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Pet Therapy with Phoenix Canine Initiative
Sara Dodd is the founder of the Phoenix Canine Initiative, a pet therapy service that works with children and adults who experience stress and stressful situations in their everyday lives. With her dog Maggie, Sara visits first responders, children and adults in the London and St. Thomas Ontario area. Sara brought Maggie to meet with us and to talk about pet therapy and the future of her organization. Thank you Sara for sharing about what you do and bringing Maggie to the interview.
How did the Phoenix Canine Initiative start and how has it evolved since its beginning?
I saw a need for support -- for people who suffered from distress and experienced trauma. Pet therapy is excellent for de-stressing and for creating calmness when the person doesn’t know how to soothe themselves. In areas of high stress work environments it also assists the front line staff. I have been a Registered Nurse for 16 years and my husband’s background is with the Fire Dept. When my husband would have a difficult shift he would come home and lie on the ground with the dogs to feel a sense of relief. Animals are fantastic for calming people down because they can distract whoever is around. We want to help people who have experienced trauma and also visit first responders at fire halls and EMS stations.
Can you tell us a bit about yourself and your co-worker Maggie?
Maggie is an amazing 8-year-old chocolate lab who is really cuddly and appropriate with kids, took to training very well and is very stable in other environments. She gets excited with other dogs and always wants to play.
What would you say to someone who knows nothing about using pets as a therapeutic coping tool?
I would say try it! Especially for people who are on the fence and aren’t sure if they will like it or not. But I do find that it’s difficult for people who are not dog lovers. Also, a phenomenal transformation happens when you pet a dog. It’s a brief interaction with a calm and soothing, living creature-- it is very beneficial!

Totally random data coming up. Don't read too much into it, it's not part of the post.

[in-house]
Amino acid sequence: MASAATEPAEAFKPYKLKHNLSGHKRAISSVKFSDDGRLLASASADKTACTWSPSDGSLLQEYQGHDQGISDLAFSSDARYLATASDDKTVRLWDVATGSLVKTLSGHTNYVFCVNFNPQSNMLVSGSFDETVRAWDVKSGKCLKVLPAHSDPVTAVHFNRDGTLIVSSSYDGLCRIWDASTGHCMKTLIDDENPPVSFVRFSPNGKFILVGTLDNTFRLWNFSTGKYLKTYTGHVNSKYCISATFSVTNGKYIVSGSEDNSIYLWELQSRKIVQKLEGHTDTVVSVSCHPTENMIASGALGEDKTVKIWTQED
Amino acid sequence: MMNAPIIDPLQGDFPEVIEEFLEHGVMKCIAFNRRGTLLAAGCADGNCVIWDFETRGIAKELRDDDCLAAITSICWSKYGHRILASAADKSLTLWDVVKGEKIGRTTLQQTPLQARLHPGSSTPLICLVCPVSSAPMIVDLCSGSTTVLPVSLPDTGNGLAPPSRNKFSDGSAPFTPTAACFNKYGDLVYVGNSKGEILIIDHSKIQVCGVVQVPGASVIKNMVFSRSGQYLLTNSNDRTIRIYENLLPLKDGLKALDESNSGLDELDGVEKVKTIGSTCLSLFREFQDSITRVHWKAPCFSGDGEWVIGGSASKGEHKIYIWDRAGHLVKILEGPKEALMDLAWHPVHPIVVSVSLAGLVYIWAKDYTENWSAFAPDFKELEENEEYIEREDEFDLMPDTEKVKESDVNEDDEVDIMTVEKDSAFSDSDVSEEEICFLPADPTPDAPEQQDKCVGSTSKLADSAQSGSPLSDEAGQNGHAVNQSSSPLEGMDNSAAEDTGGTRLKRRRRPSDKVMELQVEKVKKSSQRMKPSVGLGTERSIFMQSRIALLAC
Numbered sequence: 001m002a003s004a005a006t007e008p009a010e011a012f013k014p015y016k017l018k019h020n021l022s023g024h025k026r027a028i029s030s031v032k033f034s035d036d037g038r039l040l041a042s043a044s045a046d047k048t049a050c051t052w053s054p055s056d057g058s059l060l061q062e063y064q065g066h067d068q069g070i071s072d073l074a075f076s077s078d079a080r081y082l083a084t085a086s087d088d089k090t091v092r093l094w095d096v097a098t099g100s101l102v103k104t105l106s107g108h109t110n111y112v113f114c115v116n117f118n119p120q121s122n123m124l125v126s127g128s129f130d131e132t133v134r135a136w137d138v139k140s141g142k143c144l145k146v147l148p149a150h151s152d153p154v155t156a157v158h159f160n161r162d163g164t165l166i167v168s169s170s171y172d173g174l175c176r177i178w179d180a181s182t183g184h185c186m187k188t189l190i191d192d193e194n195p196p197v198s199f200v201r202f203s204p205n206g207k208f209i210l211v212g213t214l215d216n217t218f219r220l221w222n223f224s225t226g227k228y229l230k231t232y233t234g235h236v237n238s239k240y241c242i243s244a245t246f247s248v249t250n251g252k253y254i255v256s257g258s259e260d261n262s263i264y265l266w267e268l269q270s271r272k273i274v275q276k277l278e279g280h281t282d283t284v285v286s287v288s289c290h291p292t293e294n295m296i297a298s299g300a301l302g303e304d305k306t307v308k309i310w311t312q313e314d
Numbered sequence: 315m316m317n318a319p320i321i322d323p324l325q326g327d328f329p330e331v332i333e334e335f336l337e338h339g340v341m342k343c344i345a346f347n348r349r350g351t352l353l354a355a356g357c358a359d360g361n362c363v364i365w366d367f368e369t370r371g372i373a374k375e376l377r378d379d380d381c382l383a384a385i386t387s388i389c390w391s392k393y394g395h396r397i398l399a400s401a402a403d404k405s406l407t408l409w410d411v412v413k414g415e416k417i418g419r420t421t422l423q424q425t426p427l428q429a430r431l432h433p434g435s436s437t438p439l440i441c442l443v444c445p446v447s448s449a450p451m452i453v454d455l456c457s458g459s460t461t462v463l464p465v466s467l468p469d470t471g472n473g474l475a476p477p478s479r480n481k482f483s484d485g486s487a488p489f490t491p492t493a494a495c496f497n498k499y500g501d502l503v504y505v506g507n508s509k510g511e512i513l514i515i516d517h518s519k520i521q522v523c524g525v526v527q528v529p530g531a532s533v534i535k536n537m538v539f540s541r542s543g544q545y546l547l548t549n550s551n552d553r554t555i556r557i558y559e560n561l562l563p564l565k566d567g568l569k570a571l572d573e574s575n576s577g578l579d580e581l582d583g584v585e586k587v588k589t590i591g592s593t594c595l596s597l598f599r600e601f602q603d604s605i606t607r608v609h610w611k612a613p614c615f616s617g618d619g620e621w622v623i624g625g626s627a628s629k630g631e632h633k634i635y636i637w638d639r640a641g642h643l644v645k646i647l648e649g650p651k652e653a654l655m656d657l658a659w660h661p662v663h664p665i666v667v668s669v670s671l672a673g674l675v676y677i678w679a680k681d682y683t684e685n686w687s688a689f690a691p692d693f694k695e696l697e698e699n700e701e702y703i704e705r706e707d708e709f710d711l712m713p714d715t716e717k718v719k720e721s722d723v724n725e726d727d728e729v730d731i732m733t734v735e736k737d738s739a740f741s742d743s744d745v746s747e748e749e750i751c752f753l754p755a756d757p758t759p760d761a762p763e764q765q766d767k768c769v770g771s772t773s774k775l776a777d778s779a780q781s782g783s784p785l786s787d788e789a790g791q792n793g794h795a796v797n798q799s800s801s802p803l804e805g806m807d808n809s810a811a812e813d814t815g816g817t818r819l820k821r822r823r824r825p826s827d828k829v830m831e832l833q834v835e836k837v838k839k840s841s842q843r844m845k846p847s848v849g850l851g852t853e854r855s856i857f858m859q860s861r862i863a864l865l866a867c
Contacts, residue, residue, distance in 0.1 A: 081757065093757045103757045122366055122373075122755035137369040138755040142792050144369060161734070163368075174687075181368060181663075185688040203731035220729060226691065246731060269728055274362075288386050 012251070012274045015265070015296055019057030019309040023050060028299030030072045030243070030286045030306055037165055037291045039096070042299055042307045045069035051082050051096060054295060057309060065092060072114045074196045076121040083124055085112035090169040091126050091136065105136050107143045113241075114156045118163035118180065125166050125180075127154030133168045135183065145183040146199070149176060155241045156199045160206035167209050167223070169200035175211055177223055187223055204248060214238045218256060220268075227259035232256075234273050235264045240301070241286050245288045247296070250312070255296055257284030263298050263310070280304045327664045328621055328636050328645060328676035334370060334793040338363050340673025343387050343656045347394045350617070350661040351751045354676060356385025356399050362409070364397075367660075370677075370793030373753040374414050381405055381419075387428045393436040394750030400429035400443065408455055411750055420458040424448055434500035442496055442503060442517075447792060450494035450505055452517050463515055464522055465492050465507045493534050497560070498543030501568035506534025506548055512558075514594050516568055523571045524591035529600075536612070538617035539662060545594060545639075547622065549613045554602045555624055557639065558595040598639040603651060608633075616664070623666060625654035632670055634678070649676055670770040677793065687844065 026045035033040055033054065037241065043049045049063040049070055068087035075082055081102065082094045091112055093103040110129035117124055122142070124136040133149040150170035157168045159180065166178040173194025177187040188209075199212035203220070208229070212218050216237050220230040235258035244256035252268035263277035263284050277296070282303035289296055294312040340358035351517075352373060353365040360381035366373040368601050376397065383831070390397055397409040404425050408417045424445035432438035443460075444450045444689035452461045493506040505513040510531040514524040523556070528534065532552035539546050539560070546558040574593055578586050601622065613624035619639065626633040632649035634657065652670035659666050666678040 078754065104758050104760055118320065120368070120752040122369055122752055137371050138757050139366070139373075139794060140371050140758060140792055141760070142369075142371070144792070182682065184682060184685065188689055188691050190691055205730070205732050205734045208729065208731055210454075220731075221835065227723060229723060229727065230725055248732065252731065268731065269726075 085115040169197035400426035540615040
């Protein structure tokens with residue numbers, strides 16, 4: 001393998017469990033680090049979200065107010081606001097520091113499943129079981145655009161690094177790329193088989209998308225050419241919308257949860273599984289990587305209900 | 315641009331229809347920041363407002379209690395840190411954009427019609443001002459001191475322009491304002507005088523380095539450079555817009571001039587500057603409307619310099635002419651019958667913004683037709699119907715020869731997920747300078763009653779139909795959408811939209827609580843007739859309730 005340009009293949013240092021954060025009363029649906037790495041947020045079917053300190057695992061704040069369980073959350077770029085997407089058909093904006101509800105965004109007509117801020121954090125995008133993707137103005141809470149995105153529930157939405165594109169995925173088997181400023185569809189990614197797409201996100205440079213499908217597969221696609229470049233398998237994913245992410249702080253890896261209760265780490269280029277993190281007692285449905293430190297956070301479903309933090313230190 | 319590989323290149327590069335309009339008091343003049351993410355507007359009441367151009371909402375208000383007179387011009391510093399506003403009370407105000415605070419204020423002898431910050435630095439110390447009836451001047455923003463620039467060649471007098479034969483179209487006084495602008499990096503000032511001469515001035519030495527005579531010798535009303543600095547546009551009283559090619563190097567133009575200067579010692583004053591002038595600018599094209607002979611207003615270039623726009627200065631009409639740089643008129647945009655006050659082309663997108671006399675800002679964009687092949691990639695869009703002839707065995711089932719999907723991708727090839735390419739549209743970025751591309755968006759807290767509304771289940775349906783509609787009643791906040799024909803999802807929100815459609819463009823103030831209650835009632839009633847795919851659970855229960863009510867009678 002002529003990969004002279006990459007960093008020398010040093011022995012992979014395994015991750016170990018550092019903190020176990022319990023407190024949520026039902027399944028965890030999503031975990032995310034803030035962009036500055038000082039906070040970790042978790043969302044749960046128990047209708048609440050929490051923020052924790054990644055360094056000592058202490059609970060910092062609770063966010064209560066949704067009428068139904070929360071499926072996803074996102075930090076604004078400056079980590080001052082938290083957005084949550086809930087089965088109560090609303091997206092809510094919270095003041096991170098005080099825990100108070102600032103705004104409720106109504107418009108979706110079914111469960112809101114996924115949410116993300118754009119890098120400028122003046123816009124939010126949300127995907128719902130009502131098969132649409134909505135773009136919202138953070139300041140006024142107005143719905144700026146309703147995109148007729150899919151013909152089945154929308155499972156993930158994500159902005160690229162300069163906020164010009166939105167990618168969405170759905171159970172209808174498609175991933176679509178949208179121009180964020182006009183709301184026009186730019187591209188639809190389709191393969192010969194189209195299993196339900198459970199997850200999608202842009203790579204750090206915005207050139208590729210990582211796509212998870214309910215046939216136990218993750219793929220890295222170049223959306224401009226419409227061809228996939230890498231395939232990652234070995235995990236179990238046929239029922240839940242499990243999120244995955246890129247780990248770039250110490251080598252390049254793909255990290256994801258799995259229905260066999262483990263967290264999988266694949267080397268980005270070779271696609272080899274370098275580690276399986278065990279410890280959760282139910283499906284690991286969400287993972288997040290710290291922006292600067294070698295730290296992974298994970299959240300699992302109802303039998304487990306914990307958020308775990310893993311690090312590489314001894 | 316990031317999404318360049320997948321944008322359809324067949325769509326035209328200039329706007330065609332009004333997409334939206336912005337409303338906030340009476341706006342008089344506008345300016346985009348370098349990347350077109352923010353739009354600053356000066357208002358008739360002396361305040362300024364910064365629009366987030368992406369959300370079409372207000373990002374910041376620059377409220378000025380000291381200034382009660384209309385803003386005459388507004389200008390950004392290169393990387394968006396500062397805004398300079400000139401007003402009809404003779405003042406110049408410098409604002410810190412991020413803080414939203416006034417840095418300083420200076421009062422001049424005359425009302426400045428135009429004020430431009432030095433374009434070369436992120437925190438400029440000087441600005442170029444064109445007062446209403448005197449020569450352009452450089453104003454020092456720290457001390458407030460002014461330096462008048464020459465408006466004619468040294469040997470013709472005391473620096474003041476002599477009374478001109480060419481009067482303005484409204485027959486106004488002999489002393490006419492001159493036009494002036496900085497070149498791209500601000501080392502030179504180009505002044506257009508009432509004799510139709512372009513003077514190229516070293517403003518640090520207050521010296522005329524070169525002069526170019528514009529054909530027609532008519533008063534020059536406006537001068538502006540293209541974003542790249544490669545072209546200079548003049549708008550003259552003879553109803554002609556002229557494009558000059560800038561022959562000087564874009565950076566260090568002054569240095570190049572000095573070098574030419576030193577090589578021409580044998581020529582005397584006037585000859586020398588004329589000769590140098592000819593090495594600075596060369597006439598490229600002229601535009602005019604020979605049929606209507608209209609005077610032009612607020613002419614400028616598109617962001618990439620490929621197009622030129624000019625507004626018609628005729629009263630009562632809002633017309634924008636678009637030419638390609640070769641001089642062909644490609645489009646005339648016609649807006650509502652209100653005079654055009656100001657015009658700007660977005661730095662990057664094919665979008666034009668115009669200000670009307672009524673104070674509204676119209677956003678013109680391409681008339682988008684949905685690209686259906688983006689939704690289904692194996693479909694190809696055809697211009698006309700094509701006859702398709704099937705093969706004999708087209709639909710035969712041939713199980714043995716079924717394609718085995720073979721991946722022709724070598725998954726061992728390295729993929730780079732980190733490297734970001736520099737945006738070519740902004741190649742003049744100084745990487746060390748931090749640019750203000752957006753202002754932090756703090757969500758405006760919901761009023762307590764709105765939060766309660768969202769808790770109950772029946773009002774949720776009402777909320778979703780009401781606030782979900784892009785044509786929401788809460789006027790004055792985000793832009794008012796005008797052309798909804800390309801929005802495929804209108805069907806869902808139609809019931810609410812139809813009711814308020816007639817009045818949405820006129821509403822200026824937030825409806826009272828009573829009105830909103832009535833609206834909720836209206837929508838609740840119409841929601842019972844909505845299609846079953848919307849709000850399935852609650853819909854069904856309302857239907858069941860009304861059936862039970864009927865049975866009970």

What are some misconceptions about pet therapy? How could someone go about erasing the stigma?
The misconception around service dogs vs. therapy dogs, there is a big difference. A service dog is a medical device for one person, whereas a therapy dog is for everyone, it spreads love and joy. I would love to get that message out in the world and to get rid of that misconception.
What sort of difficulties does pet therapy assist? Who would benefit the most from your services?
We work with children in foster care who are going for supervised visits with their parents. Bringing the dog to the visit engages both the children and parents, in a way that the parents wouldn’t be engaged. The parents can relate and show affection to a dog which may promote a better relationship between them and their children, and their children can see how their parents act! It is a pilot project with CAS and it seems to be working well for children and their parents. We also visit people while they’re at work, especially if they work in high stress environments.
What kinds of challenges do you experience when working at Phoenix Canine Initiative?
Funding definitely. Everything is out of pocket and volunteer based. We are working on some ongoing funding ideas, such as having a line of pet products, including soaps, shampoos, paw wax, ear cleaner etc. 100% of the proceeds will go to PCI. I am testing them on my human friends and making them human grade so they are safe for pets. As well as we are using locally sourced products and are using environmentally sustainable materials for the products.
Do you have a goal as an organization? What are your next steps?
A goal would be the expansion of teams. We need more people on board to meet the demand. We plan on holding information sessions to talk about how it’s run, what things there are to do so that people who are interested can be a part of the organization. As well as continuing to establish the pet products.
How would someone access your services?
Through the facebook page. I am quick at responding to any questions.
Why don’t you use cats? This isn’t a serious question.
With the training I’ve done, I could work with 9 different species, including horses, rats and cats. Dogs are my specialty and I don’t see cats and rats in my future.
Do young people and adults react the same to pet therapy?
It’s a universal feeling, it brings the same sense of joy to everyone, no matter their age. Children and adults both express the same excitement when the dog enters the room.
What are you looking for in a good team member?
They have to have their own dog, and the dog has to pass the evaluation. The dog also has to love the work! I would like the team to be peer driven -- so including people who have experience with the Fire Dept., the Police, EMS or social work services. There’s nothing like having someone that has walked it. And it’s not crucial, but I have critical stress management training, so if they did, that would be helpful.